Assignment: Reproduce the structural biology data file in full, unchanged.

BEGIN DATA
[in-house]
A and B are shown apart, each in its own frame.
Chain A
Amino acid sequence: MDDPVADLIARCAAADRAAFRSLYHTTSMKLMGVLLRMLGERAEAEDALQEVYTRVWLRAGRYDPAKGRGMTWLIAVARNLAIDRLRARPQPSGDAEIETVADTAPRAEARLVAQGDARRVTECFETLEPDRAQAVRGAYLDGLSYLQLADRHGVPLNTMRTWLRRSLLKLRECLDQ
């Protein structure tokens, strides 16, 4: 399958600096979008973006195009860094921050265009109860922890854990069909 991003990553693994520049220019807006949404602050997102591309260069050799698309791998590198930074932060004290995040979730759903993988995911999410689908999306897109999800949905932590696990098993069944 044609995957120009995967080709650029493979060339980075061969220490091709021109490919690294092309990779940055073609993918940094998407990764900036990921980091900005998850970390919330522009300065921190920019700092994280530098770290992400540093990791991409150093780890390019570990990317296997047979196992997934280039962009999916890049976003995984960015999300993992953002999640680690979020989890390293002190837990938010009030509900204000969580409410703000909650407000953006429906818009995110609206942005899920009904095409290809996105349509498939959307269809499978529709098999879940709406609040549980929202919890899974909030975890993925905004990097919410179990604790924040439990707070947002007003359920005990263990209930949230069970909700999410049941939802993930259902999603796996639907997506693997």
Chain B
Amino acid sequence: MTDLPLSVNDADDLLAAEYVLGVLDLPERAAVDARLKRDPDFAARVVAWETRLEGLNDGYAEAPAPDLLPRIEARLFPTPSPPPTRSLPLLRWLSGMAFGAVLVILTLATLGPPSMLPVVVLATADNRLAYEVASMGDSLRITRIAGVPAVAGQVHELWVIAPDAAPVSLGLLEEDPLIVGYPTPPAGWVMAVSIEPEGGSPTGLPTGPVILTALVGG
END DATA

[in-house]
A and B are shown apart, each in its own frame.
Chain A
Amino acid sequence: MDDPVADLIARCAAADRAAFRSLYHTTSMKLMGVLLRMLGERAEAEDALQEVYTRVWLRAGRYDPAKGRGMTWLIAVARNLAIDRLRARPQPSGDAEIETVADTAPRAEARLVAQGDARRVTECFETLEPDRAQAVRGAYLDGLSYLQLADRHGVPLNTMRTWLRRSLLKLRECLDQ
């Protein structure tokens, strides 16, 4: 399958600096979008973006195009860094921050265009109860922890854990069909 991003990553693994520049220019807006949404602050997102591309260069050799698309791998590198930074932060004290995040979730759903993988995911999410689908999306897109999800949905932590696990098993069944 044609995957120009995967080709650029493979060339980075061969220490091709021109490919690294092309990779940055073609993918940094998407990764900036990921980091900005998850970390919330522009300065921190920019700092994280530098770290992400540093990791991409150093780890390019570990990317296997047979196992997934280039962009999916890049976003995984960015999300993992953002999640680690979020989890390293002190837990938010009030509900204000969580409410703000909650407000953006429906818009995110609206942005899920009904095409290809996105349509498939959307269809499978529709098999879940709406609040549980929202919890899974909030975890993925905004990097919410179990604790924040439990707070947002007003359920005990263990209930949230069970909700999410049941939802993930259902999603796996639907997506693997």
Chain B
Amino acid sequence: MTDLPLSVNDADDLLAAEYVLGVLDLPERAAVDARLKRDPDFAARVVAWETRLEGLNDGYAEAPAPDLLPRIEARLFPTPSPPPTRSLPLLRWLSGMAFGAVLVILTLATLGPPSMLPVVVLATADNRLAYEVASMGDSLRITRIAGVPAVAGQVHELWVIAPDAAPVSLGLLEEDPLIVGYPTPPAGWVMAVSIEPEGGSPTGLPTGPVILTALVGG